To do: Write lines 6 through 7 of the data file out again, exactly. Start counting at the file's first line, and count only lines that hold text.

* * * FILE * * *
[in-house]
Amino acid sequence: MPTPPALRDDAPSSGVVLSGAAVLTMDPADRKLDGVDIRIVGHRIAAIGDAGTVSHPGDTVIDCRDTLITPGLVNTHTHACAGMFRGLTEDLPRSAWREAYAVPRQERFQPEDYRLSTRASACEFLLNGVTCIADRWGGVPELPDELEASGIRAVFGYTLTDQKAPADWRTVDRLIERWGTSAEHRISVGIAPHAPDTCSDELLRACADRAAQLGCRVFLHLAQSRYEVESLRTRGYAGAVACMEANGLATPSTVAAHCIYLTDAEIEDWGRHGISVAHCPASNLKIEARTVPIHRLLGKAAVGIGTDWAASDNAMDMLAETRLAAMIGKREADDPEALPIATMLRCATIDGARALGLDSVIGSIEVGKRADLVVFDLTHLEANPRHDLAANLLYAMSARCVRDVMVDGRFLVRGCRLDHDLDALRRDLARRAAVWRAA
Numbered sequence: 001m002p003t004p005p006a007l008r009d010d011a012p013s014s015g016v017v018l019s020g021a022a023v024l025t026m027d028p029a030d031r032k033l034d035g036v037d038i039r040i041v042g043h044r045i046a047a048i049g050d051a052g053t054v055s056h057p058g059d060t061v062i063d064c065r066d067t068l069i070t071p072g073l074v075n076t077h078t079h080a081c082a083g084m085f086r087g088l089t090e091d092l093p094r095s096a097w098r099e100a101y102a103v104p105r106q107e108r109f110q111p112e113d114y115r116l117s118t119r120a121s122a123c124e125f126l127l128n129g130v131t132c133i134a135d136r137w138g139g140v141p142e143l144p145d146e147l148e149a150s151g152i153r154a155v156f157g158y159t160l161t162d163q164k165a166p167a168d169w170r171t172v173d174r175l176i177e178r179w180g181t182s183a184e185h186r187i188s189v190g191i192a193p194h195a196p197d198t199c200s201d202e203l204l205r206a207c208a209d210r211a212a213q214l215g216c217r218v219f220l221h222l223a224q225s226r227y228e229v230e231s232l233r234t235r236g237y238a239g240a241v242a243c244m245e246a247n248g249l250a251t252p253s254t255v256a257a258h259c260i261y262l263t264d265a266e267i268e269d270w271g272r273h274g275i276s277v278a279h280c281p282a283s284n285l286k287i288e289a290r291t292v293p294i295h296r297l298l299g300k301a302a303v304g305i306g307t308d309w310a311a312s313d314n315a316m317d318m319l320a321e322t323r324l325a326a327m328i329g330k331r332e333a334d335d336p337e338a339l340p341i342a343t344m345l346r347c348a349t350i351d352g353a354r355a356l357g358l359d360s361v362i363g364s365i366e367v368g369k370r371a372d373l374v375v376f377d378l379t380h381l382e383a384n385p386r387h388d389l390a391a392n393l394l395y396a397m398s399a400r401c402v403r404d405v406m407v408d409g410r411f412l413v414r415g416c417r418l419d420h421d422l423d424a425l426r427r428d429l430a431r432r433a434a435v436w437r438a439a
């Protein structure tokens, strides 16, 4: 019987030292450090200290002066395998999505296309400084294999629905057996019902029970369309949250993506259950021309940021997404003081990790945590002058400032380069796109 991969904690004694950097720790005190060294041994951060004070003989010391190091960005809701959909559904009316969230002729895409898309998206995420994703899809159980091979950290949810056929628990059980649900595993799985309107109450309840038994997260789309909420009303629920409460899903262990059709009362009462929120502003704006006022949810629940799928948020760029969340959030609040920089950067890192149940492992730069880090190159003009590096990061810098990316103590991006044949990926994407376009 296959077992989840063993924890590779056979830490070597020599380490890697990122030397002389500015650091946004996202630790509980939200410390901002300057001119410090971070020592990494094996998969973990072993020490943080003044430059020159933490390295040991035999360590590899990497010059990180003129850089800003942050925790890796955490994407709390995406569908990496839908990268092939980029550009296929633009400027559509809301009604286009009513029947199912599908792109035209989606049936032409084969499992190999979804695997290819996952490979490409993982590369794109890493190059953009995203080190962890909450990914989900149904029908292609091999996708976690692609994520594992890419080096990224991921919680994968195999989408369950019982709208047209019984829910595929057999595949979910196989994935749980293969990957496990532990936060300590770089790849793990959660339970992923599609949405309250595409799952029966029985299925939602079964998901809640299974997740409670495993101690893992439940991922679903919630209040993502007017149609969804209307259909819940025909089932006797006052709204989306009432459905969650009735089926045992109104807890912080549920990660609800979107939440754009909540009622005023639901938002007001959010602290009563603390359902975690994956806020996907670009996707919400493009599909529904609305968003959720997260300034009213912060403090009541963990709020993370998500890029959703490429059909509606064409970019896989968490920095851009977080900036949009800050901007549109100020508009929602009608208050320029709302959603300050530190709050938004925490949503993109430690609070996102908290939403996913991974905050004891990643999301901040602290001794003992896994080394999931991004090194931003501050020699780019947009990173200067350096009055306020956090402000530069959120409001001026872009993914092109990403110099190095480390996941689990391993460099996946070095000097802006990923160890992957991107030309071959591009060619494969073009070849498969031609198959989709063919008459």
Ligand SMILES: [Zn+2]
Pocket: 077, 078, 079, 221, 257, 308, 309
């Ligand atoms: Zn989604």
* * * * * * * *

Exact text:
Pocket: 077, 078, 079, 221, 257, 308, 309
């Ligand atoms: Zn989604």